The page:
If homeownership is on your mind, you’ve likely done your research about the home buying process. You know the importance of getting pre-approved, finding a quality real estate agent, and navigating the ups and downs of finding that perfect home. But what happens when you finally do become a first-time homeowner? Once the last document is signed and closing costs are paid, the true joy—and responsibility—of owning a home begins. It is never too soon to prepare for your first home, so whether you’re just starting your search or about to make an offer, get ready for real estate ownership with these 9 tips for new homeowners.
Aside from the changes you may wish to make immediately to your new home—paint, minor repairs, new air filters, and deep cleaning—saving for longterm expenses will help you navigate some of the bigger challenges of homeownership. Experts suggest saving between 1% and 4% of your home’s value each year to set aside for home repairs.
If you paid $200,000 for your home, consider saving at least $2,000 each year for home repairs. Anything not used at the end of the year can roll over into the following year so that you have an increasing maintenance fund for larger projects down the road.
If home repairs or renovations are on the horizon—especially if you bought a fixer-upper—it is important to first understand any permitting requirements for your home. Not all renovations require permits, but if you are altering your structure, building an addition, or removing walls, there is a good chance your local code will require a building permit.
By skipping this one step, you could run into problems should you ever choose to sell your home, making the home selling process that much more challenging. Whether you explore your local code yourself or work with a contractor to get the proper permits, the upfront work will be well worth your time in the end.
Excited about your new home, furniture, appliances, and upgrades? Remember to take time amid your excitement to save every receipt related to your home. From furniture and your new fridge to the lighting fixtures you added to your bedrooms, these purchases should be recorded and saved for future reference. Not only will you want proof of capital improvements for taxes, but you will want to easily show future home buyers what changes you made, how old (or new) appliances are, and how well you maintained the property.
New homeownership comes with a collection of important documents. Keeping track of your property deed, title insurance, home inspection report, mortgage documents, and even your purchase agreement will ensure you have the data you need when you need it.
Whether you like to keep a hard copy of your records or prefer a digital solution, it is important to create a method for organizing your data. Create a 3-ring binder and/or virtual folder to store everything from appliance warranties to home repair receipts and contractor information.
Another aspect of new homeownership is making sure your investment is protected. When you purchase your home, you will be required to get a lender’s title insurance to cover the amount of your home loan. In many cases, your lender will also require you to get homeowner’s insurance to cover your property in the event of a fire, theft, or other unexpected events.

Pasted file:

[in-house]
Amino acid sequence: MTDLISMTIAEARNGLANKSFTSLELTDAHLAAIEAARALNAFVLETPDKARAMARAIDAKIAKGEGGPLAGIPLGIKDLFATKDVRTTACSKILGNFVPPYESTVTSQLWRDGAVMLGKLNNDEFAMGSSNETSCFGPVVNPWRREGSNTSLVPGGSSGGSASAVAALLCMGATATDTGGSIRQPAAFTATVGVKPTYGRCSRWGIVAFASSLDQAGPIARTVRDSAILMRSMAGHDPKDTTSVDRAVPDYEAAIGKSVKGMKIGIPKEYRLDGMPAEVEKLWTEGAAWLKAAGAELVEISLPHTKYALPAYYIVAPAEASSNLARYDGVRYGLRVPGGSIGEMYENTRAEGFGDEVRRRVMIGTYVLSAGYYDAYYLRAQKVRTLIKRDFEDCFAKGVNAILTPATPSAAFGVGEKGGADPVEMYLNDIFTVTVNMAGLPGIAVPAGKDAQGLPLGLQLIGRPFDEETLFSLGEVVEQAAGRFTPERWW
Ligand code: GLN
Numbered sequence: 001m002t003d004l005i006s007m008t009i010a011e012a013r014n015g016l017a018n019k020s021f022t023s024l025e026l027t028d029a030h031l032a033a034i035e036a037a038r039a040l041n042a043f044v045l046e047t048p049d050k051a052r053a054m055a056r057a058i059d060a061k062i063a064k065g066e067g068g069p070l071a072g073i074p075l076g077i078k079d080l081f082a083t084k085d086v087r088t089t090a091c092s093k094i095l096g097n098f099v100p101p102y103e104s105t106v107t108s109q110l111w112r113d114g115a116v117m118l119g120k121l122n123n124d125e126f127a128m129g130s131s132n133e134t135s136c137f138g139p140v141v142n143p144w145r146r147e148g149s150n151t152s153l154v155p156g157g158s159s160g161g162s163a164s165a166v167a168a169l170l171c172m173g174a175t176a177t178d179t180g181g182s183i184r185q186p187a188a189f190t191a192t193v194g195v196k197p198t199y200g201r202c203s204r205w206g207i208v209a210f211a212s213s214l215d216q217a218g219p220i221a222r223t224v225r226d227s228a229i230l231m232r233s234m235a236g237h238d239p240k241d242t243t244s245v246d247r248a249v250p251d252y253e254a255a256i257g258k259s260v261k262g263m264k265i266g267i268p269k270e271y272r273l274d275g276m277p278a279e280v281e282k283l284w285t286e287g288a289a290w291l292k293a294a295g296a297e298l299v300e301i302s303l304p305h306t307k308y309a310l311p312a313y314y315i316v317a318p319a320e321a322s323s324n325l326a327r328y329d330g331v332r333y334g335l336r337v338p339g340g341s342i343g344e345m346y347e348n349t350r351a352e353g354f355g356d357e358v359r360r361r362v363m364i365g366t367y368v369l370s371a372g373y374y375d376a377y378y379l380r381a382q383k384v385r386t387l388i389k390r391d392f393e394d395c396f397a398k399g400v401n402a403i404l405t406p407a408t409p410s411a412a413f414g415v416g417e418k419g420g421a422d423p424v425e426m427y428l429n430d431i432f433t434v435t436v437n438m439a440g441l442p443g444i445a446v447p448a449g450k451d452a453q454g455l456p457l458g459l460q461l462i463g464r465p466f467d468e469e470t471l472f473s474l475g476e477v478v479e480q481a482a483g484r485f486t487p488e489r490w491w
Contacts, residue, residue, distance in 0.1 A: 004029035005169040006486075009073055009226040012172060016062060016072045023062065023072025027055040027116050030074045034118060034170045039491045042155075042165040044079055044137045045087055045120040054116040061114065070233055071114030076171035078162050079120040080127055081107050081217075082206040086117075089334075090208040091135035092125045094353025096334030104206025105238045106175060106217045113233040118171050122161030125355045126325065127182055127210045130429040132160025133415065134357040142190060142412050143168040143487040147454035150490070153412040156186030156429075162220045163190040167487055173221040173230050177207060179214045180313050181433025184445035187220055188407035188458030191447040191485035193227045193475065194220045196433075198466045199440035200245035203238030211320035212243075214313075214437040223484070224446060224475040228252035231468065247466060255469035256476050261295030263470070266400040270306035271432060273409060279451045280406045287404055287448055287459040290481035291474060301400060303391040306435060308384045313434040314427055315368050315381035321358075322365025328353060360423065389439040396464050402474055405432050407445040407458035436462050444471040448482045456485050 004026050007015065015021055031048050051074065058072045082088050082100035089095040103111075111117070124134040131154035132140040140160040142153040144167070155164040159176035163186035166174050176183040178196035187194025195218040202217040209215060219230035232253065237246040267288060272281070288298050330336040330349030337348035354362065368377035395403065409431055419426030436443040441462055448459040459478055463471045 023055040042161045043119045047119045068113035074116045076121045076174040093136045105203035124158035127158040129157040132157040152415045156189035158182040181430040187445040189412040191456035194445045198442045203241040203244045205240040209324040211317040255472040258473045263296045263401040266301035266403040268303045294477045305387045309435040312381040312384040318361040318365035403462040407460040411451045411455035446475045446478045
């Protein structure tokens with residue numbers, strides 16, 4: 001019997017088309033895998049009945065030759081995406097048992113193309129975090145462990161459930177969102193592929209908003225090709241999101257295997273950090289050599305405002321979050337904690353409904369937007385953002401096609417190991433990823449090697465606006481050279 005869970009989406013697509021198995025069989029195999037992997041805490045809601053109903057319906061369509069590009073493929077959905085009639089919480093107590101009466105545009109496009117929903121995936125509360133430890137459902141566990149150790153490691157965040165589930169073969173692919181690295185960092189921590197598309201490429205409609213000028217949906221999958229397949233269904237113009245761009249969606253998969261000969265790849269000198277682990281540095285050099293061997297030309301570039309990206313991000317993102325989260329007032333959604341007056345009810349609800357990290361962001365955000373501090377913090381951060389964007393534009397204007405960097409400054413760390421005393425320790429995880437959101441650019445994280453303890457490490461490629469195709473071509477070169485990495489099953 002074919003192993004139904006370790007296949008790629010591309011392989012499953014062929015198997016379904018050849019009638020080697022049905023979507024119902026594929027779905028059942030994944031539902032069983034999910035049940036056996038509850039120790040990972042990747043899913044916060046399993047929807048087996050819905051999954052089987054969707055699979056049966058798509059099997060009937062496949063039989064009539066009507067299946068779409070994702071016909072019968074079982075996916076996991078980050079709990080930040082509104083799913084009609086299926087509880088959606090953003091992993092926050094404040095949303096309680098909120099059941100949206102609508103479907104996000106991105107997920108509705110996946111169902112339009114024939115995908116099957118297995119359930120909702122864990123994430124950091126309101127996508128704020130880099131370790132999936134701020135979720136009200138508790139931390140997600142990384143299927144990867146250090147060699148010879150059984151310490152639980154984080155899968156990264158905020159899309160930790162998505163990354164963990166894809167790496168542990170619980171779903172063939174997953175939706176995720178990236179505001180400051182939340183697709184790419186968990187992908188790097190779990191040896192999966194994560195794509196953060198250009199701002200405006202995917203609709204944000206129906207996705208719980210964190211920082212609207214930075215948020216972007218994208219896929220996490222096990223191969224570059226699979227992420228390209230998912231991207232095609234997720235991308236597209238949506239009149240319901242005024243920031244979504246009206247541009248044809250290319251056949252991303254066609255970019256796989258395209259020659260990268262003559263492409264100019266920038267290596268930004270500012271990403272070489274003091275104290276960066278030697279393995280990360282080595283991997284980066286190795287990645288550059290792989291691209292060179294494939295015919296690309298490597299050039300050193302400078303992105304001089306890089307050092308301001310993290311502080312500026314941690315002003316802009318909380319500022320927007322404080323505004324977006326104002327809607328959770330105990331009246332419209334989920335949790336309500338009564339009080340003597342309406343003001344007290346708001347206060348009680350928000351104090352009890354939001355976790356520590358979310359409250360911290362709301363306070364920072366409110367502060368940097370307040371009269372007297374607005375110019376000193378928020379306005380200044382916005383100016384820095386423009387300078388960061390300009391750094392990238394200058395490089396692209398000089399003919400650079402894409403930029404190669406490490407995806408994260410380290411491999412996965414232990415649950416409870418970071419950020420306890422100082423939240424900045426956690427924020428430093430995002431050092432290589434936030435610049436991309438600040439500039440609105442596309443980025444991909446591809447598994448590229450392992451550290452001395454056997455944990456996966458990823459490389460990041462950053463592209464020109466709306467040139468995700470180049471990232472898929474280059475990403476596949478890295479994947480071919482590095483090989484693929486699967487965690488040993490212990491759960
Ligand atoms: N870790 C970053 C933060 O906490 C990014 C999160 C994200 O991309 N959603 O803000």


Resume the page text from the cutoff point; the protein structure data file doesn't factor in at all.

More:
Ask your agent if there is any other insurance coverage that you should consider as a new homeowner, such as owner’s title insurance. This coverage protects you should there ever be a claim against the title of your home. Review all your options, and know that there is insurance coverage beyond what your lender might require.
A huge part of being a new homeowner is taking care of the regular maintenance of your property. It helps to create a maintenance schedule that tracks when you last replaced or repaired an item, so you can better navigate your time and your budget. Common home maintenance needs include changing air filters, checking your water heater temperature and function, changing lightbulbs, cleaning gutters, and replacing water filters in your fridge. Having a maintenance schedule also goes a long way in helping you sell your home, proving to buyers that your property is well-maintained.
Before the tax season rolls around, take some time to research the different write-offs that may be available to you as a new homeowner. Some home improvements are tax-deductible and you’ll certainly want to take advantage of any savings. Since you have taken the time to save and organize your receipts and documents, finding the right information to use for deductibles on your taxes will be simple.
If you purchase a previously built home, then many home buying experts recommend that you change the locks before you even move in. It is impossible to know how many spare keys from previous owners are floating around (or even hidden somewhere in your new yard). The safest solution is to have a locksmith come to replace all of your locks and change any digital garage codes. Either that or make it your very first DIY project as a new homeowner.
When it comes time to make those must-have home renovations, look to other homeowners for references. Your neighbors—especially those who have just done repairs—will likely have suggestions for quality contractors. Asking your neighbors and friends for references can save you both time and money, and spare you from low-quality work that you have to repair yourself in the long run.
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